Capt. Antonio Davon Brown of the U.S. Army Reserve was a "down to earth guy" and a "gentle soul" who always looked out for his friends.
Brown, 30, of Orlando, died in the mass shooting at Pulse nightclub on June 12.
He was a 2008 graduate of Florida A&M University, and joined the U.S. Army just after finishing college. He served an 11-month tour in Kuwait starting in April, 2010 and was made captain in March, 2012.
He was a devoted friend who always made others smile, friends and relatives said.
"My brother was a gentle soul," said his brother James Hickey during a service for him. "He would do anything to make you smile. He would do anything to make the world smile."
Brown, who lived in Cocoa Beach while in high school, was someone who would call you at night to tell you that your favorite food was on sale at the supermarket, friends said. He would offer up his apartment to strangers if he knew they needed a place to spend the night. Or he would encourage his friends to pursue their education, even researching graduate programs for them after they graduated from college.
In an email, a cousin described him as a "real down to earth guy" and added, as many did, that he was "always smiling."
At FAMU, Brown was a criminal justice major and took part part in the school's ROTC program, the university said.
He later earned a master's in business administration from the Gary Tharaldson School of Business at the University of Mary in Bismarck, N.D. and at the time of his death was pursuing a doctorate degree of management in organizational leadership.
He was in the U.S. Army Reserve when he died, working as a human resources officer. He was also a human resources manager at the Lowe's store in Fern Park, a position he'd taken in September, 2015.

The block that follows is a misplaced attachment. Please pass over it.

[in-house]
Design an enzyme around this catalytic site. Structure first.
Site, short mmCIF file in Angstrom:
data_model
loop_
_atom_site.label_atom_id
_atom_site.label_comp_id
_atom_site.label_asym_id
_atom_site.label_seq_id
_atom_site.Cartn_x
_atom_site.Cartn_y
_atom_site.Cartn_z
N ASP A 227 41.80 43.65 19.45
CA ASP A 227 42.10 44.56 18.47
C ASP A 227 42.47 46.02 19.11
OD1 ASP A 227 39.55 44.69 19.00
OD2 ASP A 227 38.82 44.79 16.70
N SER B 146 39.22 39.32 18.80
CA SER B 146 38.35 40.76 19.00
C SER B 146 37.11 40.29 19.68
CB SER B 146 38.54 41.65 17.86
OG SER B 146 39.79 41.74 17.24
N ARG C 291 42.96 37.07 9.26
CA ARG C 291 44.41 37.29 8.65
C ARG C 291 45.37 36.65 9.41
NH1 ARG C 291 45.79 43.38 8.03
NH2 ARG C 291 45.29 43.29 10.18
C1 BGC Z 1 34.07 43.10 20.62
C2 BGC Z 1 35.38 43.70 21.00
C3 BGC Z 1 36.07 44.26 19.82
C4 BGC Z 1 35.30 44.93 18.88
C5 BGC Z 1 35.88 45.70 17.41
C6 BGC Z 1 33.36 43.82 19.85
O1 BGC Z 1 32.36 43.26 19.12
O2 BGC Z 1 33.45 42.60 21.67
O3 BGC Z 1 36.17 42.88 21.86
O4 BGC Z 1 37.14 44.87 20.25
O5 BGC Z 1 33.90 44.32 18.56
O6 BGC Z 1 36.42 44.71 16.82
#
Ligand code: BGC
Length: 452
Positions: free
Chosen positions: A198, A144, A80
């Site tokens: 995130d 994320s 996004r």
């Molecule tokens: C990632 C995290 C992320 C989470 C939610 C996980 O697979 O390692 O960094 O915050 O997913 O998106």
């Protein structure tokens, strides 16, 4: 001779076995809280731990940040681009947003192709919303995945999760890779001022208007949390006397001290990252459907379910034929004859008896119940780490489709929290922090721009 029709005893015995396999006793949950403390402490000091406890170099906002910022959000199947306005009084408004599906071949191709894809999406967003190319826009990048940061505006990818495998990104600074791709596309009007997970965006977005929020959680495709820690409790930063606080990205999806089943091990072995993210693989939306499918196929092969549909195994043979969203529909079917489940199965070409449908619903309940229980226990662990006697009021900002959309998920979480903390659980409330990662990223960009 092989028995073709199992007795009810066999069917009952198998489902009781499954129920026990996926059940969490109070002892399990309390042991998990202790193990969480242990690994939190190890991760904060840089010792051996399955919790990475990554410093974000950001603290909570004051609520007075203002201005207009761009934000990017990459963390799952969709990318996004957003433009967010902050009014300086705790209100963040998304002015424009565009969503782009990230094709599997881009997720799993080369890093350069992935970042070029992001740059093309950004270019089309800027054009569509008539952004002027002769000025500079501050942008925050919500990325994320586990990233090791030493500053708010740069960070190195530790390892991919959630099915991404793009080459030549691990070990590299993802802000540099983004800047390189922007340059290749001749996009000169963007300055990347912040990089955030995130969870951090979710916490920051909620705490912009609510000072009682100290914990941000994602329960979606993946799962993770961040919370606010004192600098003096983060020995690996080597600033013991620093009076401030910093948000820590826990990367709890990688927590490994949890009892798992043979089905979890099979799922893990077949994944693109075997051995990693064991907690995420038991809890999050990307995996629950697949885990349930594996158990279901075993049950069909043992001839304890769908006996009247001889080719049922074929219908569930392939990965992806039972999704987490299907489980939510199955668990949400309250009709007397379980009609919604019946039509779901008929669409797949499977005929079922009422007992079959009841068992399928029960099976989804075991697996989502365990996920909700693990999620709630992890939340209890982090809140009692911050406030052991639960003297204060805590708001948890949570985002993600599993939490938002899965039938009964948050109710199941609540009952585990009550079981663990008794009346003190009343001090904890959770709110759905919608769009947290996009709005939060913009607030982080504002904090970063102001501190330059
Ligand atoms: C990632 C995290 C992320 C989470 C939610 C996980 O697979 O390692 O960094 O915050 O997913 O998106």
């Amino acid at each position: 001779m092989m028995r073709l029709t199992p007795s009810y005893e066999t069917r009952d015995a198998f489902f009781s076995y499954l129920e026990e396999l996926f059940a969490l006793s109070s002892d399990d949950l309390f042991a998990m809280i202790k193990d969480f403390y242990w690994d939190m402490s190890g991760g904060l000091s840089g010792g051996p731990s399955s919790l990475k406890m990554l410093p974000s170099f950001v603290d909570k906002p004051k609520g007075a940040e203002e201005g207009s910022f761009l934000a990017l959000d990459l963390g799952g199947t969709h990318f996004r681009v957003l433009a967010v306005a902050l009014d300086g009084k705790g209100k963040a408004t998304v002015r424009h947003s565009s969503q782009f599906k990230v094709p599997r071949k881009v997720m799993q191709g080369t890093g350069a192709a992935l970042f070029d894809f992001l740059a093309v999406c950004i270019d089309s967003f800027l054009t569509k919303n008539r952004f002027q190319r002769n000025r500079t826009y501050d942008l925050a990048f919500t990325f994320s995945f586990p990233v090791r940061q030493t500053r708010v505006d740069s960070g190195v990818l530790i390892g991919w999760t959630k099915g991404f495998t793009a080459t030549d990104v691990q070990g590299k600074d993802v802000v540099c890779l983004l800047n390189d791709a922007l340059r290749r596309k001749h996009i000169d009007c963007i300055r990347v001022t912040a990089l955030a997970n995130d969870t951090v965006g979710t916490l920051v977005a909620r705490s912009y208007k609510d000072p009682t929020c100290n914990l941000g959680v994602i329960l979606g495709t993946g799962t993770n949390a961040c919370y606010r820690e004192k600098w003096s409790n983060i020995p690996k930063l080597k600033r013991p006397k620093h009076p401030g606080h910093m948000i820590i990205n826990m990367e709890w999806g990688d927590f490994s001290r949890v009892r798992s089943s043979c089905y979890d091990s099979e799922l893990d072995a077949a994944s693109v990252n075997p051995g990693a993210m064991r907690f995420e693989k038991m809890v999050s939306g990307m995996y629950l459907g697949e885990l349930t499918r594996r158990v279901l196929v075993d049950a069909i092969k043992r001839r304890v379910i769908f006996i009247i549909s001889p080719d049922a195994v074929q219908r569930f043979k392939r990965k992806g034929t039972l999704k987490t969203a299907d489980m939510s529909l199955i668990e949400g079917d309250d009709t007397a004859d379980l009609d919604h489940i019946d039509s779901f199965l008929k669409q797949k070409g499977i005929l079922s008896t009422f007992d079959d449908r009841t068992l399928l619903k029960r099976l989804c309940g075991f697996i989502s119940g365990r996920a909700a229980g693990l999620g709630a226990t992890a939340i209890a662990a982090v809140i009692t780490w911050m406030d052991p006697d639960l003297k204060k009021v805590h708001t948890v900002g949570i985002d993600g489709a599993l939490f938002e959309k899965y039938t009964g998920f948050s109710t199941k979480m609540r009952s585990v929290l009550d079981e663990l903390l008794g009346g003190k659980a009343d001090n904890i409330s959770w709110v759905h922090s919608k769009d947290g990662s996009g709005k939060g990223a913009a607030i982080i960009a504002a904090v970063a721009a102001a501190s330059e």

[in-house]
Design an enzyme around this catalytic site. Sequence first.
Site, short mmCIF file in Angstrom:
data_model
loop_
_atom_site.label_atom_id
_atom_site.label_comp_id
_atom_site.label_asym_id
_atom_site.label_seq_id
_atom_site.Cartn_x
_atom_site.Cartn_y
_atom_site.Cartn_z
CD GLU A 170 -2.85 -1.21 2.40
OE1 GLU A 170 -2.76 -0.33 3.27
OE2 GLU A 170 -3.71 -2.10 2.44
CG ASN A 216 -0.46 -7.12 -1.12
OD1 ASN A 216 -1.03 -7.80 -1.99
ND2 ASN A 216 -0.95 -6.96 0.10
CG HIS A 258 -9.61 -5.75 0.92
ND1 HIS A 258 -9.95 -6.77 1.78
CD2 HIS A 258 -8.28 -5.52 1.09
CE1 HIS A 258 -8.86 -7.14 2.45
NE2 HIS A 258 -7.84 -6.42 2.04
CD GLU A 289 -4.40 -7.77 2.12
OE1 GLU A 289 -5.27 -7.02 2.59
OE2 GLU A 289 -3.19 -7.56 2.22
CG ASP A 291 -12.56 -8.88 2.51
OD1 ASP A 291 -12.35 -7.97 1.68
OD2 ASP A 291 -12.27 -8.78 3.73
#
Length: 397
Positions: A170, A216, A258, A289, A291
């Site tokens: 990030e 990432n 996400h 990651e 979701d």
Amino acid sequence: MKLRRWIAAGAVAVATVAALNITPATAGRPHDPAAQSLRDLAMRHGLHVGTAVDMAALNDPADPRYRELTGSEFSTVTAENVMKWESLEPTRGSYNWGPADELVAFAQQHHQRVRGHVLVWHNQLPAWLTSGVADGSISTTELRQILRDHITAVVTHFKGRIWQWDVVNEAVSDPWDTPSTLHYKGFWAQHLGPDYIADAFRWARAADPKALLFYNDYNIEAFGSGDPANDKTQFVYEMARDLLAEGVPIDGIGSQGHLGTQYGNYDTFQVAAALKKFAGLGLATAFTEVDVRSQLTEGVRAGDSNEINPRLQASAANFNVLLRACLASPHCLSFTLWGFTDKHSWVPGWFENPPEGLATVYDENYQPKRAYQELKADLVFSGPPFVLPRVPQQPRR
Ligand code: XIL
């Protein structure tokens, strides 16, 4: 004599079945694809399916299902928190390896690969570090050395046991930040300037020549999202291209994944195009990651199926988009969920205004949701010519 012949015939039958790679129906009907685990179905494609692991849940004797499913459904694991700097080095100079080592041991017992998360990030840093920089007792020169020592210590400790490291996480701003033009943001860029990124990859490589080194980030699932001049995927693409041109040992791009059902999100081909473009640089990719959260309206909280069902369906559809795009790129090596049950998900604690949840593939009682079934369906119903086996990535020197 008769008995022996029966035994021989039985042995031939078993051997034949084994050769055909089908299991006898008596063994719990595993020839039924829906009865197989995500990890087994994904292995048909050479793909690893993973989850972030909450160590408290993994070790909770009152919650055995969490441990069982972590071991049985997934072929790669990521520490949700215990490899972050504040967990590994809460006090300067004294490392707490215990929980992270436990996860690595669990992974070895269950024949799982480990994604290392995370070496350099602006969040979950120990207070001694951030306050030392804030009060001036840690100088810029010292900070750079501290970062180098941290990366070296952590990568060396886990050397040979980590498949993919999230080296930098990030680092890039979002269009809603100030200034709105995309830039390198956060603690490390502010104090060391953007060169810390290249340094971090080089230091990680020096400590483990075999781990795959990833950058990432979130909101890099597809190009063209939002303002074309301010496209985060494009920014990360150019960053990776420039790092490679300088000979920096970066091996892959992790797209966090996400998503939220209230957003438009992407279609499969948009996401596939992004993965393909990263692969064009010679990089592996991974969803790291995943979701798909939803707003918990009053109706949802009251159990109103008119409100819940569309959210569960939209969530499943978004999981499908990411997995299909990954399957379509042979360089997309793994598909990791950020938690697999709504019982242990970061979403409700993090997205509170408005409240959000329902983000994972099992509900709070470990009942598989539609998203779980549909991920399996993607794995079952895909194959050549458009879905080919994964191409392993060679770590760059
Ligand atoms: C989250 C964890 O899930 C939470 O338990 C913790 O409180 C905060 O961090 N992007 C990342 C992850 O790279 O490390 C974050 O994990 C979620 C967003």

His friend Elly Bailey said she had had dinner with him the Saturday night before the shootings, and he then left to go out with some other friends. Bailey said she had plans to hang out with him at a pool on Sunday.
When she heard about the shootings the next morning, she sent him a text: "I hope you weren't at the club."
When she and others didn't hear from him, they began to fear the worst. The terrible news was confirmed the next day.
"He was the most incredible friend," Bailey added.
On a Facebook message about his death posted by the Army Times, many expressed sadness and anger that Brown lost his life as he did.
"Thank you for serving our nation, CPT. My deepest condolences to your loved ones," read one. "R.I.P. Captain Antonio Brown, sir! You didn't deserve to die this way. It was a senseless hateful act," read another.
A friend wrote on Facebook how he could not comprehend the death of Brown and others at Pulse nightclub. "For those of us who served we are trained to deal with death but ... I can't."
He is survived by his mother, Rosetta Evans (Ellis) and brothers, James Hickey (Chante) and Jamal Maryland, according to his official obituary.
Martin Comas of the Sentinel staff contributed to this story.